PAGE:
Monday, 16 November 2009

Lynn's coming home for Ponty cup clash

You could forgive Doncaster Knights director of rugby Lynn Howells for casting his mind forward to Round 2 of the British and Irish Cup, when the English side travel to Pontypridd in Pool D.

Because it was at Sardis Road that the former Wales caretaker and assistant coach became a folkhero as he guided Neil Jenkins and co to league and cup titles.

But before the Knights head to the gateway to the south Wales valleys, they have to kick-off their British and Irish Cup campaign at home against Scottish Premier champions, Ayr.

Howells also has close links to Scottish rugby, having coached the Edinburgh professional side and there is a strong contingent from north of the border in the Knights ranks.

Included among the Scottish clan is Steve McCall, who has successfully been transferred to full back this season with dramatic effect. His monster kicking has played a big part in recent good form and the player that Howells first spotted as a teenager when he was working in the Scottish capital is now blossoming into a huge asset.

"I brought Stuart down with me from the Edinburgh Academy and they are still keeping an eye on him. We also have Ali Warnock and Stevie Lawrie in our squad, who came down with me from Scotland," said Howells.

"But we also have quite a strong Welsh contingent as well. Brett Davey, a
Pontypridd legend, is coaching alongside me and we have another ex-Sardis Road favourite, Tongan prop Ngalu Tau, in our pack.

"He got a terrific reception from the Ponty fans when we played down there in a pre-season friendly. That game ended in a 22-22 draw.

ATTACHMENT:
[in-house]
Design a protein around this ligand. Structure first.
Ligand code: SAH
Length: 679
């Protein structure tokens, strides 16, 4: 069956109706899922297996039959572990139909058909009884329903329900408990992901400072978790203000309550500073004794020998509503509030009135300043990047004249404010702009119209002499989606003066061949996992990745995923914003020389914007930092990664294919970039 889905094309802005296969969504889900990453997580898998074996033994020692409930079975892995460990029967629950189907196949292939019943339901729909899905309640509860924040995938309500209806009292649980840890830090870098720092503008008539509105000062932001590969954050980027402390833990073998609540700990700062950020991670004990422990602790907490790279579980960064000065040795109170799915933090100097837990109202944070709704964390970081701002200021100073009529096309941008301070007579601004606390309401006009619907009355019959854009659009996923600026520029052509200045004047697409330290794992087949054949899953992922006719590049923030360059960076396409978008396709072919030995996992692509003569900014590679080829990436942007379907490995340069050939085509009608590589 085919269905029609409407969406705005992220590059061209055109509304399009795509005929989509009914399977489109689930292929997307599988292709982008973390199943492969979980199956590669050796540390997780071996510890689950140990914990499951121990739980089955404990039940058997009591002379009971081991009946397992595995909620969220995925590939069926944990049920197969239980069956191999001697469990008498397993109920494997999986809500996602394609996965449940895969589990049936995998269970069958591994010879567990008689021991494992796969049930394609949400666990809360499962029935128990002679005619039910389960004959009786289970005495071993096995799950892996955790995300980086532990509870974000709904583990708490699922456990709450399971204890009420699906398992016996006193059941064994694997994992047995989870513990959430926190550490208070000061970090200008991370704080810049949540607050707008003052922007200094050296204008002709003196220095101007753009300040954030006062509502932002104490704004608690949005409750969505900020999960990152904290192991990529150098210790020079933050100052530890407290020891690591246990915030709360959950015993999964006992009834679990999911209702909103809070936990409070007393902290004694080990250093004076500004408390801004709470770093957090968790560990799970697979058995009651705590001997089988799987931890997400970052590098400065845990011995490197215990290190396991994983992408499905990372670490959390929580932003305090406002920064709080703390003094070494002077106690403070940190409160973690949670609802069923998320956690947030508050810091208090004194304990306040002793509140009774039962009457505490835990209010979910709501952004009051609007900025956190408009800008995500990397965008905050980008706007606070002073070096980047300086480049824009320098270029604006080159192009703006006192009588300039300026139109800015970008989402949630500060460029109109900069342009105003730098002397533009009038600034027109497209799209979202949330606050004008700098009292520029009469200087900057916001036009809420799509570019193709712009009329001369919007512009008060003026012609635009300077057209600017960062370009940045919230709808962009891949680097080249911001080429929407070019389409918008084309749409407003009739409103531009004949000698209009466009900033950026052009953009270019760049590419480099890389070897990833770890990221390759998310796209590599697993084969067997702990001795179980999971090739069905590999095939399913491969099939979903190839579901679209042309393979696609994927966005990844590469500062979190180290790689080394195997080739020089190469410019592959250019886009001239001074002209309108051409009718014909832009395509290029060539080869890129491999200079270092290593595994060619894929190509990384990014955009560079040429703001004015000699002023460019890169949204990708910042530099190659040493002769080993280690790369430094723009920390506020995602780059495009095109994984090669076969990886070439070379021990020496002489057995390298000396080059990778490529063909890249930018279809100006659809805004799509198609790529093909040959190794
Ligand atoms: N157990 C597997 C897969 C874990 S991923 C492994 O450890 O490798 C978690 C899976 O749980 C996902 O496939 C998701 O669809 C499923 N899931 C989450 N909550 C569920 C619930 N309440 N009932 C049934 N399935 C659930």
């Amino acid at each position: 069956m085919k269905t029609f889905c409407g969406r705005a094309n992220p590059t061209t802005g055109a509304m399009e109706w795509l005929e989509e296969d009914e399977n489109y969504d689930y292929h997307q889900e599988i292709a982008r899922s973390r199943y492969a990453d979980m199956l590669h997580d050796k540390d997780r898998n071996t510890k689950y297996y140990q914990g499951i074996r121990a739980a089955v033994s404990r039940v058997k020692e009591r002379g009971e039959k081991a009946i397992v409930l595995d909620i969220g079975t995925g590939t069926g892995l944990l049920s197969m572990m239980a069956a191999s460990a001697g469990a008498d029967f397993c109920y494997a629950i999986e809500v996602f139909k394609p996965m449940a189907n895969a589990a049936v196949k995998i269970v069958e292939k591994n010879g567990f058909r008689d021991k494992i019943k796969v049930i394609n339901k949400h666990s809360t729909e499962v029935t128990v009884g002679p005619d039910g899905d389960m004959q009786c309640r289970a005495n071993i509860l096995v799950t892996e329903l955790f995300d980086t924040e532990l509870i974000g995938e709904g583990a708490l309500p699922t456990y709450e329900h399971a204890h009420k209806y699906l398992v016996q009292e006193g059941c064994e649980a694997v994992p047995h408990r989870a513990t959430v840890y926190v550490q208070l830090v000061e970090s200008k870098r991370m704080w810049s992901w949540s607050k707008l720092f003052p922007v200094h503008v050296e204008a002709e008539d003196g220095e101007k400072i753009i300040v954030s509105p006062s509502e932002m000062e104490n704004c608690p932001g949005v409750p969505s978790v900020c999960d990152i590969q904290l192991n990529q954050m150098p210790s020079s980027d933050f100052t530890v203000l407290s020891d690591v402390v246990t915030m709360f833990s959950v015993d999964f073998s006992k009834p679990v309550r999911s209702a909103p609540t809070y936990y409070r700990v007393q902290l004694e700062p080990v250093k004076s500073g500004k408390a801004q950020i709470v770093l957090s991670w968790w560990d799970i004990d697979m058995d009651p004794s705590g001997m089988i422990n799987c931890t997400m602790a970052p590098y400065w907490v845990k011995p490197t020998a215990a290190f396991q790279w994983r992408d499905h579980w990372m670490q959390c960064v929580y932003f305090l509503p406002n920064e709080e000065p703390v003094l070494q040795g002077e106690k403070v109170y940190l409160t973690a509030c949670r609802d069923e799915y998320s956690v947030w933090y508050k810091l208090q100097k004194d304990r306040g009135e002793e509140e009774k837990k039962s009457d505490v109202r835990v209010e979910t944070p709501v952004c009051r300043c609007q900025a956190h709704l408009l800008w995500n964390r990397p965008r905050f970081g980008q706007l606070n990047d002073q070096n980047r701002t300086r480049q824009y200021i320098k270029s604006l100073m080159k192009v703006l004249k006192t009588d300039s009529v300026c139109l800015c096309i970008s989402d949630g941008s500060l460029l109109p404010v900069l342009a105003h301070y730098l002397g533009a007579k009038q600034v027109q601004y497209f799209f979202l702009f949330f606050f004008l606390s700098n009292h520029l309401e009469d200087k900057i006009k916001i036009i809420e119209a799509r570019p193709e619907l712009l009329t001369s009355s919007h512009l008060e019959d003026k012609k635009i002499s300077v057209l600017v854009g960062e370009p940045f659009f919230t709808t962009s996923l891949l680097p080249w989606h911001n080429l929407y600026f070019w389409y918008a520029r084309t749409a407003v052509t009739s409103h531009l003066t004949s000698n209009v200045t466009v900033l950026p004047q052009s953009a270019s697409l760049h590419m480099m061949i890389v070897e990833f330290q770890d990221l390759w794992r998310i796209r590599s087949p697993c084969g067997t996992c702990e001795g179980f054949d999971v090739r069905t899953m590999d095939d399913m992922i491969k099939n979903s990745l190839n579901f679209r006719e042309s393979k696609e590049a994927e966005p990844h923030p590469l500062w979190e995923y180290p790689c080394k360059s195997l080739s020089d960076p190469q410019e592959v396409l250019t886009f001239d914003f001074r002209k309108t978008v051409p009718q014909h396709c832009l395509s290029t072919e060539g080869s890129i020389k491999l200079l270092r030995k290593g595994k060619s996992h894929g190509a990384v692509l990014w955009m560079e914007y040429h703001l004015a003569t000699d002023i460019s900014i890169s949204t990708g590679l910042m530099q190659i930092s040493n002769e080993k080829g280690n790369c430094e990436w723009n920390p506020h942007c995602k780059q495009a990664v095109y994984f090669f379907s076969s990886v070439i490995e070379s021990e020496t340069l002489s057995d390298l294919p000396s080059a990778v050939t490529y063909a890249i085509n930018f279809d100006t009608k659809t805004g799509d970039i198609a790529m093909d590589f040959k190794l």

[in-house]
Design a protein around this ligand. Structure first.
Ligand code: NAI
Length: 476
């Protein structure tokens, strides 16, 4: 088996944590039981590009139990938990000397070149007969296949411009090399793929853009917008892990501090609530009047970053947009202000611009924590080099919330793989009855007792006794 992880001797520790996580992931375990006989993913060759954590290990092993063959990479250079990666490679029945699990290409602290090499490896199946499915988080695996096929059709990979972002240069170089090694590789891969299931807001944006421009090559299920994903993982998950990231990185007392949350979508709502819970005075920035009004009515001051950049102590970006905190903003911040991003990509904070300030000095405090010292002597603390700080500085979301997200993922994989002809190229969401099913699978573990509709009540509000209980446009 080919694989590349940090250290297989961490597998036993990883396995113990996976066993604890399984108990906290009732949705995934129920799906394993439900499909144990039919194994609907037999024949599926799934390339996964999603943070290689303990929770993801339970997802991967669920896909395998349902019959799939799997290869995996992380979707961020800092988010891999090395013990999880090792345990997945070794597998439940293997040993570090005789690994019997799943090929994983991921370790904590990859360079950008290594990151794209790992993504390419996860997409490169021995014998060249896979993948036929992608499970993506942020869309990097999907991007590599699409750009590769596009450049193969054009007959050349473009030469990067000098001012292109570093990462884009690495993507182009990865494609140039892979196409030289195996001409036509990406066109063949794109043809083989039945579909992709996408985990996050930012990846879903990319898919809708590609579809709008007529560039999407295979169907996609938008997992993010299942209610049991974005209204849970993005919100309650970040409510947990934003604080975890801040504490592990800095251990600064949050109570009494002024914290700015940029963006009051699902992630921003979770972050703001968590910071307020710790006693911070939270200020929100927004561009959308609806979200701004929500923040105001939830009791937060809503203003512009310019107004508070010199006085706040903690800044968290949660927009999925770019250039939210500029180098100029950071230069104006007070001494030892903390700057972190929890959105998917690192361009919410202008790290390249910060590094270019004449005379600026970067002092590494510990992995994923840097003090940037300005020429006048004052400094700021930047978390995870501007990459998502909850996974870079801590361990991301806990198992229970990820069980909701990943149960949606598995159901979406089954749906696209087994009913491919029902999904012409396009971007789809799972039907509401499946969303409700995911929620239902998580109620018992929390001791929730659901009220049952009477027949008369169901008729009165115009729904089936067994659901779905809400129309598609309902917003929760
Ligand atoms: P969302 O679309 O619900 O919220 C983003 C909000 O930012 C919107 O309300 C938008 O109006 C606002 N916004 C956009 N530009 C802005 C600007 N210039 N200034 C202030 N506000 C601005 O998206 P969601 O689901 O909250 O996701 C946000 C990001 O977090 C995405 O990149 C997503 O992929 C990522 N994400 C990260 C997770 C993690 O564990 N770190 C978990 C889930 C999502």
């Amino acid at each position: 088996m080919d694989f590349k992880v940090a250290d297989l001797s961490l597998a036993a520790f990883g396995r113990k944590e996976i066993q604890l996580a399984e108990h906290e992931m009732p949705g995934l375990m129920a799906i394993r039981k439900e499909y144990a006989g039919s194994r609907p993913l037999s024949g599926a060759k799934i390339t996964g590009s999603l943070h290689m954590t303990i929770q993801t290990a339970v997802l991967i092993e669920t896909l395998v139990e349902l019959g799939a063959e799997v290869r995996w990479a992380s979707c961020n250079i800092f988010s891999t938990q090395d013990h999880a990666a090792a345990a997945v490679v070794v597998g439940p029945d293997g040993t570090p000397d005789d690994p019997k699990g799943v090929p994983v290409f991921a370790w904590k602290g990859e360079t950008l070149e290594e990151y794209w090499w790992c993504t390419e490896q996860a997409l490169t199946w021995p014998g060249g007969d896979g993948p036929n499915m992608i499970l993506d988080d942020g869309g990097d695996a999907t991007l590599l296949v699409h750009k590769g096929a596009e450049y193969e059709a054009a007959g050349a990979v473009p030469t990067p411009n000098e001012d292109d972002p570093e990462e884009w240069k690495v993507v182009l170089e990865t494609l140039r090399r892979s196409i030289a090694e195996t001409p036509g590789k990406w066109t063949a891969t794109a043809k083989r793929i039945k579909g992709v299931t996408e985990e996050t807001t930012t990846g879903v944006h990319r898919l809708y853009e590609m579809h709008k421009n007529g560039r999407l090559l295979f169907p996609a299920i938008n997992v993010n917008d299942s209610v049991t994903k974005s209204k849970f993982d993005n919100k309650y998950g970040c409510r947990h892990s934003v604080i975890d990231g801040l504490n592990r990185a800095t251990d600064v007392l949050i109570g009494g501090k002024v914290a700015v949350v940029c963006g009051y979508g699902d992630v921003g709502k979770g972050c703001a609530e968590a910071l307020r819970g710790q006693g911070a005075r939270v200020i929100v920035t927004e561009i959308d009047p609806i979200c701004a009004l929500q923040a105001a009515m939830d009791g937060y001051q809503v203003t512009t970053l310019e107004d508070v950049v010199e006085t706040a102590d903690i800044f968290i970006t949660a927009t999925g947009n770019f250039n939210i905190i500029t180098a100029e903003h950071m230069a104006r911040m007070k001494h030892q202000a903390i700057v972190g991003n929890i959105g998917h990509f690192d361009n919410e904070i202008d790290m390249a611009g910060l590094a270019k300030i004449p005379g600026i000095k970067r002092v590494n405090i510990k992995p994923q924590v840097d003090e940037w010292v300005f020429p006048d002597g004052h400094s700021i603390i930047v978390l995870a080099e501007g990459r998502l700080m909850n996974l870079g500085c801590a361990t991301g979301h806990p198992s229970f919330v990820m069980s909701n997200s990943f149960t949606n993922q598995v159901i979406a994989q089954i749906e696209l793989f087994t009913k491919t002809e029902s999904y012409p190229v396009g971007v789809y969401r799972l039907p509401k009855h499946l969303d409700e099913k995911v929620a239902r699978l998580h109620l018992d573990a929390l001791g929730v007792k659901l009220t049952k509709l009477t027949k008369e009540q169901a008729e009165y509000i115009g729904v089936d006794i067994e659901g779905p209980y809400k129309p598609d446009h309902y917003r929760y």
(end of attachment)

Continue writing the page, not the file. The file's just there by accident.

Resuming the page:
"This time it will be a different ball game and I'm expecting a typically warm reception both on and off the field. It is going to be a great experience for our players to play in a tournament like this.

"Cross border competitions take you out of your comfort zone and are good for both coaches and players to develop their skills. I can't wait, especially as our Pool also contains another of my former clubs, Cardiff.

"I was in on the ground floor of the Heineken Cup with
Pontypridd back in 1995 and I can see the British and Irish Cup perhaps being the start of a fully blown league at this level within the four countries in years to come."

The game at
Pontypridd on Friday, 27 November, will give Howells the chance to congratulate one of his former star pupils, ex-Wales scrum half Paul John, on his two recent successes - steering Wales to the Rugby World Cup sevens title and being named this week as the Sports Council for Wales' Coach of the Year.

"Paul is such a quite and unassuming guy, but he really is developing into a first-rate coach. I'm delighted to see him enjoying so much success, but hardly surprised," said Howells.


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